GLAXO’s U.S. ZOFRAN SALES OF $355 MIL. IN FISCAL 1993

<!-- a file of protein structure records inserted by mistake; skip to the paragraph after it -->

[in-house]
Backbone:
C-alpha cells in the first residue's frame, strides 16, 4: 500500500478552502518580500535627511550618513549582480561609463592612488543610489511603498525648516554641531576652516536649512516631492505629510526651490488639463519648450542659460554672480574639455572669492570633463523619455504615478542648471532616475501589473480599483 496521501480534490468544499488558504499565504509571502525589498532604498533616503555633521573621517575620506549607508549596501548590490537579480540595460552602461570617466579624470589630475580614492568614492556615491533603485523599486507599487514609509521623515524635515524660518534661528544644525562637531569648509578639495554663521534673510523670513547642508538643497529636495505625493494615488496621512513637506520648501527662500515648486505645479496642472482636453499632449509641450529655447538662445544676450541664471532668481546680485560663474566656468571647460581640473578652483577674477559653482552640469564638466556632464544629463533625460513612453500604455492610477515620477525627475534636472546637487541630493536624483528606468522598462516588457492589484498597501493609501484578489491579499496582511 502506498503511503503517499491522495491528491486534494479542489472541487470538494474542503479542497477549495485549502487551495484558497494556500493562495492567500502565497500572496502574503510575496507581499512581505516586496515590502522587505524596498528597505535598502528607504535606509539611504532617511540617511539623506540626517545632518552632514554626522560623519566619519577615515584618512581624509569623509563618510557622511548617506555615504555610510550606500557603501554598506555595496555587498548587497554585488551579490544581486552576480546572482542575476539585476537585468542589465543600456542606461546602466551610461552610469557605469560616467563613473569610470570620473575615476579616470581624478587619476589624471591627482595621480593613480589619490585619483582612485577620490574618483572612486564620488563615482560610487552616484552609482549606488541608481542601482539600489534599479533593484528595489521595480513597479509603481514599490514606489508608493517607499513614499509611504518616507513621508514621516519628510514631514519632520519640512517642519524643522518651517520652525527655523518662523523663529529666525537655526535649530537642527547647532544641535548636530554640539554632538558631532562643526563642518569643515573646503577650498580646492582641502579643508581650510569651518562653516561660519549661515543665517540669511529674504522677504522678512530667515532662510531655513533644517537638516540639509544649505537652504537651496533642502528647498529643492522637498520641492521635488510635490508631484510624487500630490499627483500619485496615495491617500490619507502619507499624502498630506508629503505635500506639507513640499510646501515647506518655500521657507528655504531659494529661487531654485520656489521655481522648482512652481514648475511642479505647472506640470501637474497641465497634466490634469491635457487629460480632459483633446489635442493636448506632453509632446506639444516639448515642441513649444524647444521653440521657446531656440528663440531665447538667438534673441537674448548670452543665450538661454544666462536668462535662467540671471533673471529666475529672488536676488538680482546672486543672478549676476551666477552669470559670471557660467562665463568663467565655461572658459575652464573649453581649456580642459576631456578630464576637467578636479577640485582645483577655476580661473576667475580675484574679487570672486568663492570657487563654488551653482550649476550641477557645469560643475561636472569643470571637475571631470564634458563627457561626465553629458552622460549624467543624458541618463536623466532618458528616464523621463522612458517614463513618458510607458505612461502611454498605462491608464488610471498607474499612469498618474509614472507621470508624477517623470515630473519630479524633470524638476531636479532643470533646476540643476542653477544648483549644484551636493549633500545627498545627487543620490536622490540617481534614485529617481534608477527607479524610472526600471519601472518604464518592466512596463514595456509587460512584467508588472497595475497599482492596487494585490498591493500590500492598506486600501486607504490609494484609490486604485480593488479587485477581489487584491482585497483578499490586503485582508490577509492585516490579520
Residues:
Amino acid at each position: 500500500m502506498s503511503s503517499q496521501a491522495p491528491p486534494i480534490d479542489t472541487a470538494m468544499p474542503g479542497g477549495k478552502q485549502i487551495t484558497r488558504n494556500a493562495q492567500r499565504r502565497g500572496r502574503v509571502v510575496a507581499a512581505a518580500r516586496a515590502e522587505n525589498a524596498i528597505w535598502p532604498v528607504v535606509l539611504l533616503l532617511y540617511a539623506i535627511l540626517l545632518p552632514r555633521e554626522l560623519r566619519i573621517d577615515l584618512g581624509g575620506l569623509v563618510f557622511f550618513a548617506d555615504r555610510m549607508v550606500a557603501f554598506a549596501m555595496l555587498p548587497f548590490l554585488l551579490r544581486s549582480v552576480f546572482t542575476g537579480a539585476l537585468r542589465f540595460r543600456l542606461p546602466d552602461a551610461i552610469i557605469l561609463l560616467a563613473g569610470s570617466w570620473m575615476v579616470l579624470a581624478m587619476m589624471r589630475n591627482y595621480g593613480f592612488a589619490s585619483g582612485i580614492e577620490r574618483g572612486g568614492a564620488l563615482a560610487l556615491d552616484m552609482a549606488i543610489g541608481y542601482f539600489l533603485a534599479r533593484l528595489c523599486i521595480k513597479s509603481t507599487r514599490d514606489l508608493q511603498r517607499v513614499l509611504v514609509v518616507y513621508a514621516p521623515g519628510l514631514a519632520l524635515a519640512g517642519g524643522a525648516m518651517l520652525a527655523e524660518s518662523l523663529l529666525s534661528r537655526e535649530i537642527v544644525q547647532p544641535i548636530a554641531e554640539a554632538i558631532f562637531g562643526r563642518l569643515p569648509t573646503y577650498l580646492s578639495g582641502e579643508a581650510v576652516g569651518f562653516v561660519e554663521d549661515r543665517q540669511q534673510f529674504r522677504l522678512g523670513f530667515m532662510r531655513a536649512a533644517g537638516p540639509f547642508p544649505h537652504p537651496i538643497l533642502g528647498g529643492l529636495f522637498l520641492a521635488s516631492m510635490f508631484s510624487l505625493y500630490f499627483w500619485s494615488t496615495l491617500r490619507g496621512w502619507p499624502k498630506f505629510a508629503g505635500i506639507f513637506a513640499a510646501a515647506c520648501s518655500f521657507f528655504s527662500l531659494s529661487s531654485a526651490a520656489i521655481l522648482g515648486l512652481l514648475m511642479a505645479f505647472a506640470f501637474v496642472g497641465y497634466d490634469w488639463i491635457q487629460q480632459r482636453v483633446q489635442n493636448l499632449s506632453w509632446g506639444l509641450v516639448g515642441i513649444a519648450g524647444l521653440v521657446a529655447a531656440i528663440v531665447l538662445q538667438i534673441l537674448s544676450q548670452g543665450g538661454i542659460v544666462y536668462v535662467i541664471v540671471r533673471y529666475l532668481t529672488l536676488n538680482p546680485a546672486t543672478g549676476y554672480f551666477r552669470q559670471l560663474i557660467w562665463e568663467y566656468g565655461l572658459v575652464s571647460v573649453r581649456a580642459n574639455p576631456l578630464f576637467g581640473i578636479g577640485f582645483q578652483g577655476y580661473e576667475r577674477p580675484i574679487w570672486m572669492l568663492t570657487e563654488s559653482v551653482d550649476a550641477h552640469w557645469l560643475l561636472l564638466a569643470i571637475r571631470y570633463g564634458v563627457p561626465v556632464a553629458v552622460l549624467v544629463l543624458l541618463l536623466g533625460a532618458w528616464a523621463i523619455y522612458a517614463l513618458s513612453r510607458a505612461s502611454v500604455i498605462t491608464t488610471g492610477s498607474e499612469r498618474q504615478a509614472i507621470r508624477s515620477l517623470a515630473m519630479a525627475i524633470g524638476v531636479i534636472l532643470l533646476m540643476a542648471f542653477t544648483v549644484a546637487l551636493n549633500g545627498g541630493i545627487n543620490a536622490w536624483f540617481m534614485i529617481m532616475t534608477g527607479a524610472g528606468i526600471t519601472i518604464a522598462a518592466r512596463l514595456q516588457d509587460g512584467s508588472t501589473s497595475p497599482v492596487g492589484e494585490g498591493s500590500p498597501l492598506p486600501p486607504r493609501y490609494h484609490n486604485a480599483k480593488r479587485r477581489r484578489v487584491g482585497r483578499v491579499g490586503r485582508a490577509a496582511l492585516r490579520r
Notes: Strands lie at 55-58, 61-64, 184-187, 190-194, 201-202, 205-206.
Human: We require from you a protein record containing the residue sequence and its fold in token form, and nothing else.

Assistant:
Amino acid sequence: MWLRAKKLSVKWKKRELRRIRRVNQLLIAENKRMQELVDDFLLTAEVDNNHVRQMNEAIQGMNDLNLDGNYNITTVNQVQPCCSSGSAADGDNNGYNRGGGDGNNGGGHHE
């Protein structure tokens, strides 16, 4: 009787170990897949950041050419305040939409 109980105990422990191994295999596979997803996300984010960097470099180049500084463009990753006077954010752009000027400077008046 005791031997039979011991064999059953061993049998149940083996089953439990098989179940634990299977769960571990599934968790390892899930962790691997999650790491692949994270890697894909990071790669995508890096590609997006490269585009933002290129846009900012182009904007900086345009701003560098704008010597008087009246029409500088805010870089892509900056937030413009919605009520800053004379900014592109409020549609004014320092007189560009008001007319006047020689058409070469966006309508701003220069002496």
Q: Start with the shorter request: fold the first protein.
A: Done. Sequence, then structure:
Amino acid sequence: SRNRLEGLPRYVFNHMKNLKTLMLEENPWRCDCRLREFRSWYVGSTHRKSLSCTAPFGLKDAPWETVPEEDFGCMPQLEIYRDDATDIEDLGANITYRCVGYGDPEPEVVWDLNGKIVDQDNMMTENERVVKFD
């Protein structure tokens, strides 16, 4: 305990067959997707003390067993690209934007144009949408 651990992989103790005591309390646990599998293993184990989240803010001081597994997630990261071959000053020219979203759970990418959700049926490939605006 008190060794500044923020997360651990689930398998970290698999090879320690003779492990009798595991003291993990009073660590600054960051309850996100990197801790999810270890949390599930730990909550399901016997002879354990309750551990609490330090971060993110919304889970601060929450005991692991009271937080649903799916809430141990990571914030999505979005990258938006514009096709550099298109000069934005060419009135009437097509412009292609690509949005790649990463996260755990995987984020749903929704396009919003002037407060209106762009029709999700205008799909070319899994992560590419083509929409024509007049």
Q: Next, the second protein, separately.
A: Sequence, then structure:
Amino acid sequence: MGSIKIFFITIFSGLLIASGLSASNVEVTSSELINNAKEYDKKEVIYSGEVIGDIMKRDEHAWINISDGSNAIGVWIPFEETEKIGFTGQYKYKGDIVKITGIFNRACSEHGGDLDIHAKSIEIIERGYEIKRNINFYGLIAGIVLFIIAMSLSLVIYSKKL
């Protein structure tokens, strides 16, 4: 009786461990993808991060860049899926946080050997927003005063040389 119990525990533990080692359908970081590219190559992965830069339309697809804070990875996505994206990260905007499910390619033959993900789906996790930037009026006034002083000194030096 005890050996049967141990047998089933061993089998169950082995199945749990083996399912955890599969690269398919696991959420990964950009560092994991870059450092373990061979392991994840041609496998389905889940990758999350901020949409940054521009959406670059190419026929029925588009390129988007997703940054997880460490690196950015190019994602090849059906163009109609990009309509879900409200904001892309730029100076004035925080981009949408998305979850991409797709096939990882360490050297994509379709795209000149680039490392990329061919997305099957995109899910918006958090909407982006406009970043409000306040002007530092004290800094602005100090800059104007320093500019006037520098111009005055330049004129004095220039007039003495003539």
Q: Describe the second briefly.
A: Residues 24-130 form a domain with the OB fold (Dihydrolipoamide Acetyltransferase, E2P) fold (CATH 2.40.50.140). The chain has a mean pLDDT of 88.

GLAXO's U.S. ZOFRAN SALES OF $355 MIL. IN FISCAL 1993 indicate a growth rate in excess of 40% (or $105 mil. in added sales) for the product in its second full year of commercial availability. The anti-emetic (ondansetron) contributed over a quarter of the $389 mil. in added sales generated by Glaxo's U.S. business in the 12 months ended June 30. Total U.S. Glaxo sales reached $3.18 bil. in 1993, up 14% from $2.79 bil. the year before. Glaxo's U.S. business continues to represent 40% of Glaxo's total business, which reached $7.99 bil. in 1993. With worldwide sales of $591 mil. in fiscal 1993, Zofran is the third largest drug product for the hospital market, Glaxo maintains. The anti-emetic ranks behind two injectable antibiotics in that position: Roche's Rocephin and Merck's Primaxin. According to NWDA figures, Zofran ranked fourth among U.S. hospital products in 1992. Imitrex, Glaxo's newest major product launch in the U.S., got off to a start similar to the Zofran introduction in March 1991. In its first three months of sales in the U.S., Imitrex generated sales of $60 mil. -- the exact figure that Zofran generated in its first quarter of sales in the U.S. Worldwide, sumatriptan sales for migraine treatment were $188 mil. in 1993. More than 43% of the new sales growth worldwide for Glaxo in fiscal 1993 came from Glaxo's leading product, Zantac. The anti- ulcer drug reached worldwide sales of $3.5 bil. up from $3.2 bil. in 1992. Zantac "sales growth at constant exchange rates was 11%," Glaxo reported. The firm maintained that its worldwide share of the ulcer drug market in the 12 months through the middle of the summer was 38%. The worldwide figure is below the company's U.S. market share, which is holding at about 49%. Glaxo's antibiotic Ceftin "performed particularly well," Glaxo said, with worldwide sales reaching $617 mil. Glaxo's systemic antibiotics group, of which Ceftin is the leading product, had constant exchange sales growth of 11% to $1.3 bil. The soft spot in Glaxo's pharmaceutical growth was respiratory products. The company attributed problems for Ventolin to competition from non-aerosol generics and wholesaler buying patterns. The trend away from beta agonists as a chronic asthma treatment also is probably reflected in softness in that category for Glaxo. Total respiratory product sales were up about 4% in dollars to $1.76 bil. for Glaxo. The company reported that Serevent (salmeterol) sales increased to $118 mil., although the product is still not available in major market segments worldwide. A twice-daily dosage regimen was recommended for approval by an FDA advisory committee in February. The drug was recommended for use in chronic adult asthma and exercise-induced bronchospasms ("The Pink Sheet", March 1, p. 4).
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